Listed building records provide an indication of the special architectural or historic interest of the listed building which has been identified by its statutory address. The description and additional information provided are supplementary and have no legal weight.

These records are not definitive historical accounts or a complete description of the building(s). If part of a building is not described it does not mean it is not listed. The format of the listed building record has changed over time. Earlier records may be brief and some information will not have been recorded.

The legal part of the listing is the address/name of site which is known as the statutory address. Other than the name or address of a listed building, further details are provided for information purposes only. Historic Environment Scotland does not accept any liability for any loss or damage suffered as a consequence of inaccuracies in the information provided. Addresses and building names may have changed since the date of listing. Even if a number or name is missing from a listing address it will still be listed. Listing covers both the exterior and the interior and any object or structure fixed to the building. Listing also applies to buildings or structures not physically attached but which are part of the curtilage (or land) of the listed building as long as they were erected before 1 July 1948.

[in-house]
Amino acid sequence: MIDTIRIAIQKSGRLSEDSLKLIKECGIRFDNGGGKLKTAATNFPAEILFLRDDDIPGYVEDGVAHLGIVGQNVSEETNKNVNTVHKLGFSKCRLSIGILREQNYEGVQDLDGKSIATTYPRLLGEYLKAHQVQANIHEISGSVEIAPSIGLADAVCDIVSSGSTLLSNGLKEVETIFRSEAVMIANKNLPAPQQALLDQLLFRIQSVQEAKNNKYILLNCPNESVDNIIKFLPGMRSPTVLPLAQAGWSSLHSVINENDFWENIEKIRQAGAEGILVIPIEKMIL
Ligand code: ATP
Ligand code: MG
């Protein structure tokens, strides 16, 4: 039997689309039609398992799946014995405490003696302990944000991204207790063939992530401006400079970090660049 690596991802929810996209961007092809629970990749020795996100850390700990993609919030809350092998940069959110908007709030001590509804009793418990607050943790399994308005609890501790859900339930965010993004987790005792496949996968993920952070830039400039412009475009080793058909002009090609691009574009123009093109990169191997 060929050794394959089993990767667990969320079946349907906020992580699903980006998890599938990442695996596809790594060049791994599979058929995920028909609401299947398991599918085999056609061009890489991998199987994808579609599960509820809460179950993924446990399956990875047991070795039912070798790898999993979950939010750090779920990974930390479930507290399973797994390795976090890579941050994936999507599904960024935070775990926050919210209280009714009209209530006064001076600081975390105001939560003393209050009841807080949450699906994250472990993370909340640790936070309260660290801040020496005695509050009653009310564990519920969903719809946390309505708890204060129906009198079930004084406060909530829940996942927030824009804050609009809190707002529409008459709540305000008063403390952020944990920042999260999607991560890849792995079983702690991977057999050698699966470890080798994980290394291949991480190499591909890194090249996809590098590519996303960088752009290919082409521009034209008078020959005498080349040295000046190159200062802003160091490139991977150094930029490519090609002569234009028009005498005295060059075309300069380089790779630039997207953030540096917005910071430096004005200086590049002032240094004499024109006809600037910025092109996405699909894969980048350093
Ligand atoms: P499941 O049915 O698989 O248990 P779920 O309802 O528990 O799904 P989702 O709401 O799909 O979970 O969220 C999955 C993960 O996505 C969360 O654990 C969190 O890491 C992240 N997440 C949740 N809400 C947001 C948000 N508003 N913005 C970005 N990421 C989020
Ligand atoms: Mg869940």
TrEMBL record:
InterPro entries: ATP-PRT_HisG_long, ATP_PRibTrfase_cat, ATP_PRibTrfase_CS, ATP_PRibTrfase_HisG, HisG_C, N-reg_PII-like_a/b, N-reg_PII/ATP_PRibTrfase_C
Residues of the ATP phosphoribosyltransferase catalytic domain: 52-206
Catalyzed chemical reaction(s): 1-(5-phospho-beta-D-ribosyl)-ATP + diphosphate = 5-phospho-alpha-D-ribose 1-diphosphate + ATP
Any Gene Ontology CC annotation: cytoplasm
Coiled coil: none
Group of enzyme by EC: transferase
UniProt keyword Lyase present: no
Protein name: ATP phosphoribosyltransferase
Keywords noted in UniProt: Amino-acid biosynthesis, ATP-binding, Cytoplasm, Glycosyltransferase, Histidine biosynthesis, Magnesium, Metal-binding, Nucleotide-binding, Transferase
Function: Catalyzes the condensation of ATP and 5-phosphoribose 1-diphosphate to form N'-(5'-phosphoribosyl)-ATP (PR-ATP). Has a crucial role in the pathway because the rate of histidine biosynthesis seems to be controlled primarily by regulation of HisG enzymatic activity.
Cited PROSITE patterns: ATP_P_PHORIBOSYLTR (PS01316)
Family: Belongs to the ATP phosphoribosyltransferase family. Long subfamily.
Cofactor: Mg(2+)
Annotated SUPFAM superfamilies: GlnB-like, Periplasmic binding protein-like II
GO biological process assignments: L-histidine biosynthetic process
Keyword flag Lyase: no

While Historic Environment Scotland is responsible for designating listed buildings, the planning authority is responsible for determining what is covered by the listing, including what is listed through curtilage. However, for listed buildings designated or for listings amended from 1 October 2015, legal exclusions to the listing may apply.

If part of a building is not listed, it will say that it is excluded in the statutory address and in the statement of special interest in the listed building record. The statement will use the word 'excluding' and quote the relevant section of the 1997 Act. Some earlier listed building records may use the word 'excluding', but if the Act is not quoted, the record has not been revised to reflect subsequent legislation.

Listed building consent is required for changes to a listed building which affect its character as a building of special architectural or historic interest. The relevant planning authority is the point of contact for applications for listed building consent.

Find out more about listing and our other designations at You can contact us on 0131 668 8914 or at